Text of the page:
Around the Competition

In conjunction with the Geneva and Lausanne Institutions for Higher Education in Music, a Master Class will be held at the end of the Geneva Competition. This event will give some of the competition’s entrants – and some students from the region’s training schools - the opportunity to benefit from the teachings of an internationally renowned artist.

This year the Master Class will be given by Johannes Martin Kränzle, a member of the Voice jury. This brilliant artist, much sought after for the world’s greatest stages, will inspire the young students with his knowledge and experience.

The themes proposed to the participants are Mozart and the German repertoire (Opera, Lied, Oratorio). During three days of classes, they will be able to deepen their understanding of this essential form of lyrical art. As is customary, the Master Class will close with a concert given by the participants on Tuesday 5th December at 6.30 pm. All of the Master Class events, including the teaching day and closing concert, are open to the public.

Public Master Class: 3 - 5 December, from 10AM to 5.30PM, Salle De Agostini
Closing Recital : 5 December, 6.30PM, Salle De Agostini

    

Like everyone in the world of classical and contemporary music, the Geneva Competition is conscious of today's need to broaden and renew its audience. Touching all segments of the population, this ambition is particularly aimed at young students interested in music. Whether they study at our Conservatories or in a generalist school, they are hereby invited to participate in the Young audience Award, an initiative that has met with much success since its creation in 2012.

Its goal is to train this young audience in critical listening skills, the only guarantee for a lifetime as a committed music-lover. But critical listening of classical music is not the same as the passive listening of music that surrounds us everyday. It means bypassing simple emotions by getting to know the characteristics of the disciplines better (history, technique, etc.) and by focusing on objective criteria similar to those that guide proefssional juries - in a simplified way of course. This approach is used in presentation sessions, where young people can meet music critics and jury members and ask them questions.

The Geneva Competition and the Department of Musicology have become partners with a flexible organisation of plans. At a class given during the automn term at the Department of Musicology entitled "Music and Voice in the 20th Century", Professor Ulrich Mosch will guide students through the recent history of the voice; they will thus discover the enormous variety of ways it has been used in music.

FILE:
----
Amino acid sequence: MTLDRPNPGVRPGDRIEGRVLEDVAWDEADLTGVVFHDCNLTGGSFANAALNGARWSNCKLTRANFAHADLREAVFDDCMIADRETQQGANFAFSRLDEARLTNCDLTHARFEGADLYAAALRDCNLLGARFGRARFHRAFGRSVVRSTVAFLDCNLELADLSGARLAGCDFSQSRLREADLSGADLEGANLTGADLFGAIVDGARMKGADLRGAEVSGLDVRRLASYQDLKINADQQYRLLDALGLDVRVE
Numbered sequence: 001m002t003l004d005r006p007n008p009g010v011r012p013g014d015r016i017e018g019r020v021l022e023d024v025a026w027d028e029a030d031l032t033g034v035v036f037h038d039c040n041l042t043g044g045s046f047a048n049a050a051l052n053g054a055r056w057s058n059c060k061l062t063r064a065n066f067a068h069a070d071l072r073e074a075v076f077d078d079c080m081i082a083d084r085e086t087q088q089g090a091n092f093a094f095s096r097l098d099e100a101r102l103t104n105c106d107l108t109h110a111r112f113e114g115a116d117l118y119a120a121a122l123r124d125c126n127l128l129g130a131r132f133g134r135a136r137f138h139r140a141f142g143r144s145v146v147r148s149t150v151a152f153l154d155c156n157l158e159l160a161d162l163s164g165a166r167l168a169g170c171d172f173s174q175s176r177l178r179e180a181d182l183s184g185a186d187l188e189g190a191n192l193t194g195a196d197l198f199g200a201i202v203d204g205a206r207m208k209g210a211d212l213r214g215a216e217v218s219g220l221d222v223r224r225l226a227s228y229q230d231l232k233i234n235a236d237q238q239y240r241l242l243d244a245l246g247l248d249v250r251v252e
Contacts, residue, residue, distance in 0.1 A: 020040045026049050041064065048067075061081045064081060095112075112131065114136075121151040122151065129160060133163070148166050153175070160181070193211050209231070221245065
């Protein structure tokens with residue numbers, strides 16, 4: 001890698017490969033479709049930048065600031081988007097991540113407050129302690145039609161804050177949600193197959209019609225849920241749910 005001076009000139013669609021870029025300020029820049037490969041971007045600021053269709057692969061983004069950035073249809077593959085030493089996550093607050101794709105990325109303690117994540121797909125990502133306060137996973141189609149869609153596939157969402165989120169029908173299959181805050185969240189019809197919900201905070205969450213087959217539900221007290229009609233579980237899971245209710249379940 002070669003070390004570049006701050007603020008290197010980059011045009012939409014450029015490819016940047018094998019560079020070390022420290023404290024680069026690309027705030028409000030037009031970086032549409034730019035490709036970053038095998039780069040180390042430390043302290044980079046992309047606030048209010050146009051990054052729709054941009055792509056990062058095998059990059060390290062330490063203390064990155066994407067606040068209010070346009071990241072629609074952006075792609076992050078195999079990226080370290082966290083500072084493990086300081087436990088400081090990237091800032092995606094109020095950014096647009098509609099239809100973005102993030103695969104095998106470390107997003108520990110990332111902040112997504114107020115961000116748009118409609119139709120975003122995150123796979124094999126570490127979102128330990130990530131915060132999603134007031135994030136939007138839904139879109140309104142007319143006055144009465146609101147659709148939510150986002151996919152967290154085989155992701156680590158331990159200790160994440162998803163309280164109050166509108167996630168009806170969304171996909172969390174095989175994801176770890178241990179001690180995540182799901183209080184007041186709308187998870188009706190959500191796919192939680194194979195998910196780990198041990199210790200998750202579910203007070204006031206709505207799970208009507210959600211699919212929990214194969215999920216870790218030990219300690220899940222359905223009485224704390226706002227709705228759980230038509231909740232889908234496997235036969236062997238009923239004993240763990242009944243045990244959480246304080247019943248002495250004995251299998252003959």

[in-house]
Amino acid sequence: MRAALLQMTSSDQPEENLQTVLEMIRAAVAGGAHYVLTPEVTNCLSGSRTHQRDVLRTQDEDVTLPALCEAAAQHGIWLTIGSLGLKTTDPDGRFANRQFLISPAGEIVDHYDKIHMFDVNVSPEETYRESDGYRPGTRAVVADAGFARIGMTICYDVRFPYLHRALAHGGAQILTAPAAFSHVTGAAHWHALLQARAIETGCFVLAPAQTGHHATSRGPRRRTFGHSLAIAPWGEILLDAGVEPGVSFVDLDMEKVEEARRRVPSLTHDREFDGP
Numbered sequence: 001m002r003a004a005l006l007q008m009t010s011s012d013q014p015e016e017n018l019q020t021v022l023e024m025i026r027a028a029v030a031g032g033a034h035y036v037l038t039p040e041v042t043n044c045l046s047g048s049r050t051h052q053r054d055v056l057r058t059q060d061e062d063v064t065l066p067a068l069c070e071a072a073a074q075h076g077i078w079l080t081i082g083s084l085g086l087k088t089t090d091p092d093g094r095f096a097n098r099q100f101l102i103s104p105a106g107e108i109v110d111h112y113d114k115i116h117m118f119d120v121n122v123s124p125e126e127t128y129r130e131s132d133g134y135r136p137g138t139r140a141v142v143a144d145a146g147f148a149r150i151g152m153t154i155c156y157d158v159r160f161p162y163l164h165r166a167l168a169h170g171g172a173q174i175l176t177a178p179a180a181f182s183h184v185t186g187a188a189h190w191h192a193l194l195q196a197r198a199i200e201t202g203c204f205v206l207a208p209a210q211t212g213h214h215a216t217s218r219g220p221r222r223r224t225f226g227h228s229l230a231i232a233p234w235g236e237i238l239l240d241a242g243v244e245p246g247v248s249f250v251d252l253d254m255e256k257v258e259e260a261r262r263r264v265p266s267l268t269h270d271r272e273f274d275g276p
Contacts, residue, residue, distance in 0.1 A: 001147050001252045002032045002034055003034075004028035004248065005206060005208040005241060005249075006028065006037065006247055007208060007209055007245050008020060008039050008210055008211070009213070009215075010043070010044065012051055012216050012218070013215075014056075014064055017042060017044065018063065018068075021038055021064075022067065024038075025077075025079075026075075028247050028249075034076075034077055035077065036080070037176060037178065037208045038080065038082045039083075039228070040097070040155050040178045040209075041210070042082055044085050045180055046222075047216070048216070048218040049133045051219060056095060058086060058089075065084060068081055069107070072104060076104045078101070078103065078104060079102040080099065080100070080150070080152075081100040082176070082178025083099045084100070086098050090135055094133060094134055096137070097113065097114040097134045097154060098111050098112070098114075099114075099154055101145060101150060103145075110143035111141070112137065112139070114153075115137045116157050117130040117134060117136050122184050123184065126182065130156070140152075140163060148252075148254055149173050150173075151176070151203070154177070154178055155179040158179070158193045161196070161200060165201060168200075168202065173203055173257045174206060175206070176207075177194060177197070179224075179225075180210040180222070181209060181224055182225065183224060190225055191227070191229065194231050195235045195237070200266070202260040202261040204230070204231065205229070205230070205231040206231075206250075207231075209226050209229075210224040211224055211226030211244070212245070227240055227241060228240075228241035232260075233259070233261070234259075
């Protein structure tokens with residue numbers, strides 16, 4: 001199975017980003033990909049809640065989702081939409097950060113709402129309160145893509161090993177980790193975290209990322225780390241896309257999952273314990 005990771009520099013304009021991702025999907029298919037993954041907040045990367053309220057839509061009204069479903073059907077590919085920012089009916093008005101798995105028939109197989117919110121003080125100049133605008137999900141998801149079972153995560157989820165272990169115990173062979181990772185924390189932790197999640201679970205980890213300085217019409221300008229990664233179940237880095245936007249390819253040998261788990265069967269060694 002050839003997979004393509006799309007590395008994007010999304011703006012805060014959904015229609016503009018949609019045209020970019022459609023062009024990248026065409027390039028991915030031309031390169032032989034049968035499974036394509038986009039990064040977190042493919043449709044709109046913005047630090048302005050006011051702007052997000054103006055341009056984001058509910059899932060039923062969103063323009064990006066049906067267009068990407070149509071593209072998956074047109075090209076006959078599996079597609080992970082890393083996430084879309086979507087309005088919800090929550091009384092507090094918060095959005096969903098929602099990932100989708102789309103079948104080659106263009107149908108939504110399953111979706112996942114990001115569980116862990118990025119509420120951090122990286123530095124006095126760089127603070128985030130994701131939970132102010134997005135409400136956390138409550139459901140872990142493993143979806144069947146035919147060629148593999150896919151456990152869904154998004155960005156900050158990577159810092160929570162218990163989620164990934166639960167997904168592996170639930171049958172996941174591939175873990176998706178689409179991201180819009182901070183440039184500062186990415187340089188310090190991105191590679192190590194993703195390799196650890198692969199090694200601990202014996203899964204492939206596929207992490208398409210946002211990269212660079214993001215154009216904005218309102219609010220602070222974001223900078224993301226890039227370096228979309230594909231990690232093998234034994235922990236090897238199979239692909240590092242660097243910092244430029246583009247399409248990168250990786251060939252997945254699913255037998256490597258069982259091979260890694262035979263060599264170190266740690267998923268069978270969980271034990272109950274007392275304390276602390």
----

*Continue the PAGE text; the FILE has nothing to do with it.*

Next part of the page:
Ulrich Mosch will also take part in a public round table involving jury members and students on the topic of the challenges of "interpreting contemporary vocal music". Finally, the Students' Prize will give musicology students the chance to choose their favourite Voice competition finalist. The same students will post interviews with participants and jury members on our website and social network review pages.

  • Music and Voice in the 2oth Century: class every Thursday from 10 am to 12 noon, University of Geneva
  • Interpreting Contemporary Vocal Music: round table Thursday 1st December at 6 pm, Conservatory of Music
  • Student Prize, given by the University's students

For several years now the Geneva International Music Competition has been participating in professional workshops organised by the Geneva HEM. The aim has been to provide students with the opportunity to meet confirmed professionals, begin a dialogue with them and gain a more precise idea of the realities of life as a professional musician. Within its area of expertise, the Competition can help future professionals to better understand the world of music competitions, the way in which juries and their expectations function, and therefore prepare any musicians wanting to enter.

This year, we have gone one step further by going from theory to reality. The competition invites HEM's students to attend tests in the string quartet competition and then meet members of the jury. A life experience such as this of an international competition - including what goes on behind the scenes - should ensure that at least some misunderstandings and mysteries are cleared up!